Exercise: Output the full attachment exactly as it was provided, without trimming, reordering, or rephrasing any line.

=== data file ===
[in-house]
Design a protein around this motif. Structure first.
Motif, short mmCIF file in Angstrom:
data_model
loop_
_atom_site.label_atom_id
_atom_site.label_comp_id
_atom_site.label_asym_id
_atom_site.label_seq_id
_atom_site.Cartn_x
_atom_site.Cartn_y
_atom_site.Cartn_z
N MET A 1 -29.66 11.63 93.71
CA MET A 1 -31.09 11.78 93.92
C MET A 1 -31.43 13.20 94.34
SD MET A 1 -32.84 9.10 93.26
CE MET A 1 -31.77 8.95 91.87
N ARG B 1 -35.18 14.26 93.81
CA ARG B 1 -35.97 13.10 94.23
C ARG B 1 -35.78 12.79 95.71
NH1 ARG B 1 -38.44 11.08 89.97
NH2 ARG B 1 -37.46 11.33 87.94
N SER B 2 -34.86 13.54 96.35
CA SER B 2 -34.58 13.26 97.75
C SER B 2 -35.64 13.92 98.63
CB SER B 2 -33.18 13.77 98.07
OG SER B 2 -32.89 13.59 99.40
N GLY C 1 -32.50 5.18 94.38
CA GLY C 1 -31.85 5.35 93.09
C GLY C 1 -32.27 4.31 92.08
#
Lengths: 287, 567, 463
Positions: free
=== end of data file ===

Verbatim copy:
[in-house]
Design a protein around this motif. Structure first.
Motif, short mmCIF file in Angstrom:
data_model
loop_
_atom_site.label_atom_id
_atom_site.label_comp_id
_atom_site.label_asym_id
_atom_site.label_seq_id
_atom_site.Cartn_x
_atom_site.Cartn_y
_atom_site.Cartn_z
N MET A 1 -29.66 11.63 93.71
CA MET A 1 -31.09 11.78 93.92
C MET A 1 -31.43 13.20 94.34
SD MET A 1 -32.84 9.10 93.26
CE MET A 1 -31.77 8.95 91.87
N ARG B 1 -35.18 14.26 93.81
CA ARG B 1 -35.97 13.10 94.23
C ARG B 1 -35.78 12.79 95.71
NH1 ARG B 1 -38.44 11.08 89.97
NH2 ARG B 1 -37.46 11.33 87.94
N SER B 2 -34.86 13.54 96.35
CA SER B 2 -34.58 13.26 97.75
C SER B 2 -35.64 13.92 98.63
CB SER B 2 -33.18 13.77 98.07
OG SER B 2 -32.89 13.59 99.40
N GLY C 1 -32.50 5.18 94.38
CA GLY C 1 -31.85 5.35 93.09
C GLY C 1 -32.27 4.31 92.08
#
Lengths: 287, 567, 463
Positions: free